Auckland mum Shanon McCullogh is herself a speech therapist, most recently working for the Ministry of Education. With her 9-month-old Heath, she doesn't talk about anything they can't see. She always tells him what's going on, and repeats it using rhyme or songs, so he knows when it's time to be changed or fed.

"It must be a very confusing world, they don't know what's going to happen next or how long it's going to be until the next thing, so I just try and minimise that uncertainty. I just try to make it more fun and interesting."

She'll also relate noises to the environment – if they're walking up stairs she might say "Up, up, up!" in a rising intonation. "I want him to understand the sounds coming out of my mouth are a message, and they relate to what's happening right now. As a parent, it's so satisfying trying to figure out what they do and don't understand."

Most parents just want to be reassured that their child is normal, Maclagan says. The age at which children learn aspects of language varies widely – far wider than movement milestones – and often babies will be communicating more than their parents realise. Also, small children will often have a burst of progress in either motor skills or speech, not both.

So if a baby is more skilled at walking or jumping, they might not talk as much. "When they're younger, I'm more interested in whether they understand what you say. Talking comes much later," Maclagan says.

Exploring books, describing actions, playing word games and singing songs are all great ways to help a pre-schooler learn language. (As an aside, it's thought some parts of human language may have developed from birdsong – which might explain why children love melodies.) But parents should always do what they find fun, and that doesn't mean mum has to get the flashcards out.

"I think it's really important that mothers give themselves time, too. You don't need to be in their face all the time, and if they're on their playmat figuring out what they can touch and reach that's physical development," Maclagan says. "There's so much pressure on mothers, and I think parents just have to be able to find their own way."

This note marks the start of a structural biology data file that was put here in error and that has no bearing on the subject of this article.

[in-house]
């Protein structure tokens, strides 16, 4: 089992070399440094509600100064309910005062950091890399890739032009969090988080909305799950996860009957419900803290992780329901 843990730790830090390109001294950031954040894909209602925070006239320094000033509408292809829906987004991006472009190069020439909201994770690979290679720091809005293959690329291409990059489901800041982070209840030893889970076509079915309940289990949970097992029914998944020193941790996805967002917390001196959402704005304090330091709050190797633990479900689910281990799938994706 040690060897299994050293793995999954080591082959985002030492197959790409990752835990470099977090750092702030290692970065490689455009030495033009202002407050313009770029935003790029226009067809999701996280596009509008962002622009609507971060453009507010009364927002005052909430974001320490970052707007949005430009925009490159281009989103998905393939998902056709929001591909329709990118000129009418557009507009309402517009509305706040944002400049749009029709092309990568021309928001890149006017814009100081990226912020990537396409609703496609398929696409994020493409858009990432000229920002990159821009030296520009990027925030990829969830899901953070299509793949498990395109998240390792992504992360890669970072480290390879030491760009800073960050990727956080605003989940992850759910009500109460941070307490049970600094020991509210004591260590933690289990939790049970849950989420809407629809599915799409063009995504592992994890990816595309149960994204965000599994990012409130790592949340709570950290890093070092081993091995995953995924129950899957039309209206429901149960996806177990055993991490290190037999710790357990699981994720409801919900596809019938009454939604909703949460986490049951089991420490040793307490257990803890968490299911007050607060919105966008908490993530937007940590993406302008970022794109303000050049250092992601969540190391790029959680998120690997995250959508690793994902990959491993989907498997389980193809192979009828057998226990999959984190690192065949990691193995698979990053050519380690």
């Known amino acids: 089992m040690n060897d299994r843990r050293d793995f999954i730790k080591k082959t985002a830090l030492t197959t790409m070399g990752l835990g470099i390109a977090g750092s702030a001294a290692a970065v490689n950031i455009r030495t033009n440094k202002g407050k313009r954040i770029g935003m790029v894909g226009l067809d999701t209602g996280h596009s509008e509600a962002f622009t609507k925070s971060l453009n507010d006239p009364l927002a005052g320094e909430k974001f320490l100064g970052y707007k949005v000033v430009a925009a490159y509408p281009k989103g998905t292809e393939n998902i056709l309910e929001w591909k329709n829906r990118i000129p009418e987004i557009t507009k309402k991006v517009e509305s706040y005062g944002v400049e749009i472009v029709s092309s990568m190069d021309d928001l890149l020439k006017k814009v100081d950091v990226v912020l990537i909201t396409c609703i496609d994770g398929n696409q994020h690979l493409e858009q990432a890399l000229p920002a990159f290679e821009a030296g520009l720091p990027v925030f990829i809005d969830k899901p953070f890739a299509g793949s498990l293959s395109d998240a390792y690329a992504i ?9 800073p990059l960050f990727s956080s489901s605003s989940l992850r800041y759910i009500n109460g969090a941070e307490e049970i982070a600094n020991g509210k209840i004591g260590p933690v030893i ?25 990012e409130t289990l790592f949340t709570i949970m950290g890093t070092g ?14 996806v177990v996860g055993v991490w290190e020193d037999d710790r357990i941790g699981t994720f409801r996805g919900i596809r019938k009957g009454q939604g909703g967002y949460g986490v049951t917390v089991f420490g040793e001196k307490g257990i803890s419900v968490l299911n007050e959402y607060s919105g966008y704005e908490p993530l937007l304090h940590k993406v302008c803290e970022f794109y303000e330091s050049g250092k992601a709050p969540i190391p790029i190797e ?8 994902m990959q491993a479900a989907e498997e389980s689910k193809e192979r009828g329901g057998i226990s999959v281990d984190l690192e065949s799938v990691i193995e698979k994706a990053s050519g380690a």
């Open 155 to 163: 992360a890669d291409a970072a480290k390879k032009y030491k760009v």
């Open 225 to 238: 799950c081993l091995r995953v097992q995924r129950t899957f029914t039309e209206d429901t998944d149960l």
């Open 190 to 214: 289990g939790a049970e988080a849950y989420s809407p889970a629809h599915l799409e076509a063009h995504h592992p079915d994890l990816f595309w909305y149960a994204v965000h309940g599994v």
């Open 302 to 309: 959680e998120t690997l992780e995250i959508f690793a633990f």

Both Maclagan and Buckley would like to see more funding devoted to language development in this country. Major studies in Britain and the United States have found children have vastly different levels of language understanding upon starting school, with some five-year-olds having a tenth of the average vocabulary. In this country no such research has been done, and children with language problems are often not picked up until they have started school – when progress could have been made earlier. "If we could see them when the problem is mild, it would be so much easier."


Babies are born with the innate ability to recognise every sound in a language, making them perfect little sponges for soaking up more than one at a time.Recent studies have shown this ability to automatically recognise language begins to close within a year – so whether it's Maori or Spanish, it's never too young to start.

As New Zealand's international population continues to grow, and research continues to show the social and cognitive benefits of mastering more than one tongue, more children are being raised bilingual.

Originally from Brazil, Auckland mum Tabata Sommerville had no doubts she wanted to speak to her daughter entirely in Portuguese at home. Gabriella, 10 months, has a Kiwi dad, Will, who also speaks Portuguese.

"We made the decision to speak only Portuguese at home because Will and I have always spoken it, and he didn't want to lose it," Sommerville says. "We've spoken to other Brazilian-Kiwi couples who said they wished they had done it, because when they go back to Brazil it's really frustrating for their child who can't speak to their cousins. It's really important to us that she can communicate with her family."

Sommerville, who was raised by three generations of women living in the same house, plays word games, sings songs, has Brazilian programmes running in the background, and tells stories based around photo albums of overseas relatives. She isn't worried about Gabriella learning English. "She will pick it up regardless because of going to daycare, at school, and everywhere else around her."

But whatever language she is speaking, Gabriella will be given the floor. "I wouldn't like to raise a child who didn't talk about their feelings and emotions, and for me it's important she grows up in and environment where she's encouraged to talk about whatever she wants."

- Stuff NZ